Let the hate mail begin.

Whenever we write on how things are getting bad for foreign companies doing business in China and on how foreign companies should think long and hard before doing business in China, we get hate mail or hate comments (which we typically delete). Many of these come from China consultants who   sometimes blatantly accuse us of damaging their business. I have already received two angry emails for what I am about to write about in this post. Those two emails came in response to what I said in the article this post will be discussing.

The article is Nokia exit: Is China’s ‘golden age’ of foreign investment over? written by Peter Ford the Christian Science Monitor’s Beijing Bureau Chief and truly one of the deans of China journalism. As you can tell by the title, the article examines whether China’s golden age of foreign investment is over. Doing Business in Vietnam

There is no disputing that China’s golden age for foreign companies doing business in China is over. China today is just not nearly as favorable or easy for foreign companies as it was ten years ago. It just isn’t. But that does not in any way mean that there are not a wealth of opportunities for smart companies to make money in or from China or to save money by using Chinese manufacturers.

In my mind — based largely on what my own firm’s China lawyers have seen over the last ten or so years, I divide China into the following three “eras” for foreign companies from the perspective of my own law firm:

1. The initial era, which lasted until around 2008. During this era, many foreign SMEs were operating completely illegally and off the gird in China and when we told them what would be involved in our getting them legal, most chose to continue operating illegally. There was a gold rush mentality and whether operating legally or illegally (and back then the distinctions were not so clear cut), it seemed that all or at least nearly all of our clients were thriving in China. Few companies understood or cared much about protecting their IP in China; they believed it was hopeless.

2. The transition era. This era was from around 2008 to 2013 or so. Some remnants of the initial era remained, but were in decline. Of those who called our China attorneys about what it would take to start operating legally in China, around half chose to make the necessary changes to get legal with the other half choosing to keep operating as they were, “at least for now.” Many foreign companies began realizing the importance of registering their trademarks, copyrights and patents in China.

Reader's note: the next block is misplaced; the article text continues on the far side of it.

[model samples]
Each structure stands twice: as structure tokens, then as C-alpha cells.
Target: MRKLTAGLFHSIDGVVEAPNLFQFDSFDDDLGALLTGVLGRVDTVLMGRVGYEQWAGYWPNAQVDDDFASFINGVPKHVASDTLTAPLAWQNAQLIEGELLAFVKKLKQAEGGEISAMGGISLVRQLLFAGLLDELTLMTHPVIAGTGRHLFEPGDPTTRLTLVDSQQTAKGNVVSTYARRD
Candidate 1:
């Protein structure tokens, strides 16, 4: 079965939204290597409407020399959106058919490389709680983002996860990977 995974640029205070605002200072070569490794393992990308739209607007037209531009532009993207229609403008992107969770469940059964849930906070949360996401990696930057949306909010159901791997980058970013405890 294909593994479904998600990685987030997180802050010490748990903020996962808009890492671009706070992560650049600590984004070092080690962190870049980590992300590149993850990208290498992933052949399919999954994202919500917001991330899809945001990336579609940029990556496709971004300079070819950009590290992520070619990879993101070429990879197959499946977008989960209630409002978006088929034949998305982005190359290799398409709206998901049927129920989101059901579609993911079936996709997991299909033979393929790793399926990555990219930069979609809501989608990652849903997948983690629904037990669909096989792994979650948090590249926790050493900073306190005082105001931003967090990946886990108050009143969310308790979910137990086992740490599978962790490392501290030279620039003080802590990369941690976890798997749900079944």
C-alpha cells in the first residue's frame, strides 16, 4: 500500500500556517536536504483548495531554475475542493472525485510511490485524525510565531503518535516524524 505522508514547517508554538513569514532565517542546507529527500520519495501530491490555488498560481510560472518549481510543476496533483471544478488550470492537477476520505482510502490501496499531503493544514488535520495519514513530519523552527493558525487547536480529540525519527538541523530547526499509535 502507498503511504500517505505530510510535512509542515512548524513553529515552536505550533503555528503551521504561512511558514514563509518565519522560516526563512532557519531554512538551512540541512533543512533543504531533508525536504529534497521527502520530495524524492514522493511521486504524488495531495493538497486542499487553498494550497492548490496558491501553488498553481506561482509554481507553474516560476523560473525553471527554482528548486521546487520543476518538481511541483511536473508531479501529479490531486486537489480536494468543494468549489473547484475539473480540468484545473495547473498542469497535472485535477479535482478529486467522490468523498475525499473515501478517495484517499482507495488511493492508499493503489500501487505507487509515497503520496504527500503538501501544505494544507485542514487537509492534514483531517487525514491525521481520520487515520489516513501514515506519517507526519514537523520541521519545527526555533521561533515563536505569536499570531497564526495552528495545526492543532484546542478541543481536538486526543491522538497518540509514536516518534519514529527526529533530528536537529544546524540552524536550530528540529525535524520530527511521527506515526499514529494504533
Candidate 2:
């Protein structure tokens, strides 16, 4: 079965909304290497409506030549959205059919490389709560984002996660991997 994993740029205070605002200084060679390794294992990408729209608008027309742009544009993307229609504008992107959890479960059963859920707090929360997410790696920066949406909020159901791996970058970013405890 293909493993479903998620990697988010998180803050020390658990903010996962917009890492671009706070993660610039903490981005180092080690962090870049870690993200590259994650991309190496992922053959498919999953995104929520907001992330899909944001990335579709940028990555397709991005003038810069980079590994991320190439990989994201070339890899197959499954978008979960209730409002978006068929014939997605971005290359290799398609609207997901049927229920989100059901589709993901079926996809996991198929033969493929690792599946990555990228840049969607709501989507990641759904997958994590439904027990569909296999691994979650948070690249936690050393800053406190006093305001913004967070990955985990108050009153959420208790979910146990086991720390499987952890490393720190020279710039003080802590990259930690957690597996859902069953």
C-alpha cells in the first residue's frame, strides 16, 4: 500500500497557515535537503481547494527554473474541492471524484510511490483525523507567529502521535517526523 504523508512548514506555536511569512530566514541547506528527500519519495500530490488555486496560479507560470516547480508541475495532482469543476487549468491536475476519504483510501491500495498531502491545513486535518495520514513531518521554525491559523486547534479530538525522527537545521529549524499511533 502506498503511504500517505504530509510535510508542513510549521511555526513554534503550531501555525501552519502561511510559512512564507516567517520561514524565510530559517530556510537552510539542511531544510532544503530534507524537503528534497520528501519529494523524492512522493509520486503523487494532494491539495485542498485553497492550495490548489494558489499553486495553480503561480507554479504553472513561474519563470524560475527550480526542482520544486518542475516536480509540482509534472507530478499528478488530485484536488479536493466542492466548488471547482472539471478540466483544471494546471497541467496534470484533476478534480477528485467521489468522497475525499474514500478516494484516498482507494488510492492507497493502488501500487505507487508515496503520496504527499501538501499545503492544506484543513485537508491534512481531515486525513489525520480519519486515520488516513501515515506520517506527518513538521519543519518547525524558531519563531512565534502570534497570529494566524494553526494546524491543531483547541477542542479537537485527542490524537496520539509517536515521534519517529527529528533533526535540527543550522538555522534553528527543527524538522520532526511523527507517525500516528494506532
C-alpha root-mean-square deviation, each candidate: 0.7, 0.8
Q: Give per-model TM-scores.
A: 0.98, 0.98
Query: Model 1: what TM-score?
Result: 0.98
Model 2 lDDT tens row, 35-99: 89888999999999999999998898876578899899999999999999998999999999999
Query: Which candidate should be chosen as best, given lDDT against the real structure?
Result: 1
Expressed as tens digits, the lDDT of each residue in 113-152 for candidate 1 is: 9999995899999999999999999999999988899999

3. The current era, starting roughly in 2014. Despite China’s downturn, and despite our law firm getting fewer contacts from potential clients, our workload has greatly increased. Three things explain the increased workload. One, Virtually all foreign companies now realize that they must either get legal in China or leave — no more operating illegally “for now.” And two, getting legal has become a lot more complicated and work intensive, which means more attorney hours.  Three, virtually all companies not only understand the importance of protecting their IP in China, they actively wish to do so. Virtually all companies also now understand the importance of having an enforceable China contract when doing business with Chinese companies.

So despite China constantly getting tougher on foreign companies and despite it making sense for many more foreign companies to leave China or not go there at all, my law firm’s China practice continues to grow and — believe it or not — so does foreign investment into China. Why should this paradox be true?

Because what is happening with foreign investment into China is not so much a shrinking but a maturation. Call it the end of irrational exuberance if you like, but whatever you call it, what is happening is that those companies that never should have gone into China in the first place are now largely gone or are in the process of leaving, or at least seriously considering doing so. And now those companies looking to go into China or to have their products manufactured there or to sell their own products and services there are looking into China for all the right reasons.

China still has 1. 5 billion people and there are still countless companies that should and do salivate at selling their products and services to China. But there is also the realization that doing so will not be easy, fast or cheap. China is still the factory to the world, but it is not the only country in which it makes sense to manufacture and companies are increasingly realizing this.